More on Henry James or ‘the essential loneliness of my life’

My immediate thought on reading the above quote was, ‘ Isn’t that what makes a writer?

Recently I saw a word press blog post by a writer complaining of his boredom, as though the task of writing was just that, a task, laborious and tiresome. I fail to understand, if he feels that way, just why do it since, with the exception of the very, and still more dwindling few, it is hardly lucrative ? However, it has been described as a ‘arduous profession’ by no less than Henry James.

The most arduous part, to me being the pursuit of publication the drudge of submissions.  Mr James  published his novel The Ambassadors in a popular journal in weekly or monthly installments before the book was actually printed. A current practice of the time.

In the preface  of the copy I borrowed from the excellent Bibliothèque Louis Nucéra in Nice I noted an interesting and for me, significant anecdote. Because of the ‘peculiar diffuseness and obscurity of the prose’ the chapters were mixed up and inserted in the wrong place. This was not detected nor corrected for fifty years after its original editions were published. His time scheme apparently caused the editorial confusion. To further paraphrase the writer of the Introduction to this edition, Harry Levin,  this was possibly because the story is reflected rather than narrated. The author here has a tendency to anticipate or reminisce over events, not necessarily sequential or even really having taken, or to eventually take place, within the story.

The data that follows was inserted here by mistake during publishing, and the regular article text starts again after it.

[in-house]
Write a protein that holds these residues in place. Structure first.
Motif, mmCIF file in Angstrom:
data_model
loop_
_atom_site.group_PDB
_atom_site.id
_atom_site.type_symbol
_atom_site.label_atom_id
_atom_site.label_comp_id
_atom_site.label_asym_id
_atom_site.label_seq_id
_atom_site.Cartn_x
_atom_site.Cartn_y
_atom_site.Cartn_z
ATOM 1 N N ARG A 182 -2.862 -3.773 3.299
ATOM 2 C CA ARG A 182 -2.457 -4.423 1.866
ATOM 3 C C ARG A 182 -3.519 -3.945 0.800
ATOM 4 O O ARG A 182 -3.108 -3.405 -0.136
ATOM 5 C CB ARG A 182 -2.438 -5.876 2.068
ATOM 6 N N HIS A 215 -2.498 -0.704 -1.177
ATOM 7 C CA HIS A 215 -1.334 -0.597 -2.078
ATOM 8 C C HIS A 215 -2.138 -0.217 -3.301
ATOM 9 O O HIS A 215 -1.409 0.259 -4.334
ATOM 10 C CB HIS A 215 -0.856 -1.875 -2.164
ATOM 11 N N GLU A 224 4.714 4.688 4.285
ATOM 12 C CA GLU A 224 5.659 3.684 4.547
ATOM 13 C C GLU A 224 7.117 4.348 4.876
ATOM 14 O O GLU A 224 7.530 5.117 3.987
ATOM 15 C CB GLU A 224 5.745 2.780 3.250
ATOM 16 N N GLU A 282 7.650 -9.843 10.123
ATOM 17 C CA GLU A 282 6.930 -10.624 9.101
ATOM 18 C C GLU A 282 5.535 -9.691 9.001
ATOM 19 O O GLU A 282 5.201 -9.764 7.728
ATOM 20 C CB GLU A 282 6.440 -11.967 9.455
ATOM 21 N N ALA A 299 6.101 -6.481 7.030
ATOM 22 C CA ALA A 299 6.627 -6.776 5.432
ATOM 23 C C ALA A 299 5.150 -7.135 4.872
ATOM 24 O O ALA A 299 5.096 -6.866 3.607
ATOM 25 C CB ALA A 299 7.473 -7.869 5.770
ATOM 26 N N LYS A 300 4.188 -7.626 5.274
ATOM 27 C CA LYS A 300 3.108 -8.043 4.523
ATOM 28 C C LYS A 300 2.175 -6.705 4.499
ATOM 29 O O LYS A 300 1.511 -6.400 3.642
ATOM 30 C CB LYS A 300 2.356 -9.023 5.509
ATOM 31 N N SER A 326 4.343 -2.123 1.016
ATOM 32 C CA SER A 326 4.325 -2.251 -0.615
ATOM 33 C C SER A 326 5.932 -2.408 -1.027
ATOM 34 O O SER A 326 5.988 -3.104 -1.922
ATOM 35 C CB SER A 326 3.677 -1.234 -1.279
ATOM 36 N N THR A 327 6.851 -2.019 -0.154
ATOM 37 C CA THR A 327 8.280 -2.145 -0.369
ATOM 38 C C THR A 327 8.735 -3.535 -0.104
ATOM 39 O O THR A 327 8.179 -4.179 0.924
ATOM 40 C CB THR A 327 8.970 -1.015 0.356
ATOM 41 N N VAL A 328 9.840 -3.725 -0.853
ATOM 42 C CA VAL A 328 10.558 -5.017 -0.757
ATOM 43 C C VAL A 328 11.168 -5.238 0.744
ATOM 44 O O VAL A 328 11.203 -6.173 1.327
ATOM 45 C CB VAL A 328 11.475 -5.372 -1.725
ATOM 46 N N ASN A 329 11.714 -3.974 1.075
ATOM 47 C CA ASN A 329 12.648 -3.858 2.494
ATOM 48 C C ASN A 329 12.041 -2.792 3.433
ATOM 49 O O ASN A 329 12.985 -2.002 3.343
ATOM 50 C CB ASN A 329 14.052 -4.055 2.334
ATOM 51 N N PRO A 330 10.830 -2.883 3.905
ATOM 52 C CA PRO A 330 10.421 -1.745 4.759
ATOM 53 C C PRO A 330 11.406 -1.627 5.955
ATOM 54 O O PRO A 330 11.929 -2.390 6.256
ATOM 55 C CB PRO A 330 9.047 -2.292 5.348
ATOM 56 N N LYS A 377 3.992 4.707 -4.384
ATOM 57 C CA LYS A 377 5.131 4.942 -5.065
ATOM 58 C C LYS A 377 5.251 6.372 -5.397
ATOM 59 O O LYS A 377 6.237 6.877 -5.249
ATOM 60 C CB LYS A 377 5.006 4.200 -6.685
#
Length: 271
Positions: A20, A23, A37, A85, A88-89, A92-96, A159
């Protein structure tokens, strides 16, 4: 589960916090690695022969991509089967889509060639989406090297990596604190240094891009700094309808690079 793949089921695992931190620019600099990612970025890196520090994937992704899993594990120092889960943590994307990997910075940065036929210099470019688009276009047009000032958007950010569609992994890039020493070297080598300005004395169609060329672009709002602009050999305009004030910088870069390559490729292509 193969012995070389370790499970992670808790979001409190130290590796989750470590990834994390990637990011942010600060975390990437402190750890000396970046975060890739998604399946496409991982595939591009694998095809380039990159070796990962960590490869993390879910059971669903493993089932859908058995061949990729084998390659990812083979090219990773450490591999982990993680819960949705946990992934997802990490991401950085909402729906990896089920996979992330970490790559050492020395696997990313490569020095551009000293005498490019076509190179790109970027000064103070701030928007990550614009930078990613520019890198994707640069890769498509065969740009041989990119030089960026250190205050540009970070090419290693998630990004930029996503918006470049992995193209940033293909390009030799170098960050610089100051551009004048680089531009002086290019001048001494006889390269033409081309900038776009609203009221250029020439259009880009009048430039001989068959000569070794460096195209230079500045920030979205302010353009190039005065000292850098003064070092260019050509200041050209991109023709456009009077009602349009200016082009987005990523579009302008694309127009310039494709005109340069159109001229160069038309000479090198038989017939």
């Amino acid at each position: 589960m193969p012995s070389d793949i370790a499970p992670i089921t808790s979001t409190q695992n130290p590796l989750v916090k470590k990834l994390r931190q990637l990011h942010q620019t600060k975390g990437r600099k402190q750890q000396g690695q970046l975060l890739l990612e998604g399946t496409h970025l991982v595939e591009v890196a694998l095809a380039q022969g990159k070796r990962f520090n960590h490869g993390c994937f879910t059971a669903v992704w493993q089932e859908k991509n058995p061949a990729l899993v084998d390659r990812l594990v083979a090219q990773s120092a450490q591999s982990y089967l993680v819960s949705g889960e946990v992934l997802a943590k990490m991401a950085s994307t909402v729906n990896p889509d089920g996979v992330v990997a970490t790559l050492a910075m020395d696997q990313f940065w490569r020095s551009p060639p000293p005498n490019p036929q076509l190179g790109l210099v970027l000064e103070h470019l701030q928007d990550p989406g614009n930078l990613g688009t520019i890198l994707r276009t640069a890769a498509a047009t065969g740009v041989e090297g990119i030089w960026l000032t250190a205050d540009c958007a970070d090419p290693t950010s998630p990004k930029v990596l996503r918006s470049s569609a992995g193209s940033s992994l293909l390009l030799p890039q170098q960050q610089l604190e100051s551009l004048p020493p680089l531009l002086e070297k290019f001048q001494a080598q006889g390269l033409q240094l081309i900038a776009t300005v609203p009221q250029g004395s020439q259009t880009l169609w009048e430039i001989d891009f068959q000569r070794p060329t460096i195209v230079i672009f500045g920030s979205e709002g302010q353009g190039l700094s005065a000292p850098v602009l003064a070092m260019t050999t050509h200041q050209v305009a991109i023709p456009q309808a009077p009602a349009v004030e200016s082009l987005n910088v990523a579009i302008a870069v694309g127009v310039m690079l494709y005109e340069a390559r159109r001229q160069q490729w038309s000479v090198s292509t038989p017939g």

This, for my own, admittedly untrained but instinctive style comes as an encouraging acknowledgment that we do not necessarily have to fit into the popular view of the novel. Whatever our academic background, it is style that counts in the end. One of the characters in the novel advises another to take time when reading, the thread that links is stretched scientifically tightly, he admonishes, do not break that thread. I intend to take that advice with The Ambassadors.

Another admission by this illustrious author, again a vindication of a perfectly natural fact often presented as if it were a criticism in so many writers work was that he admitted freely,

the vague resemblance between the poor old hero and himself.

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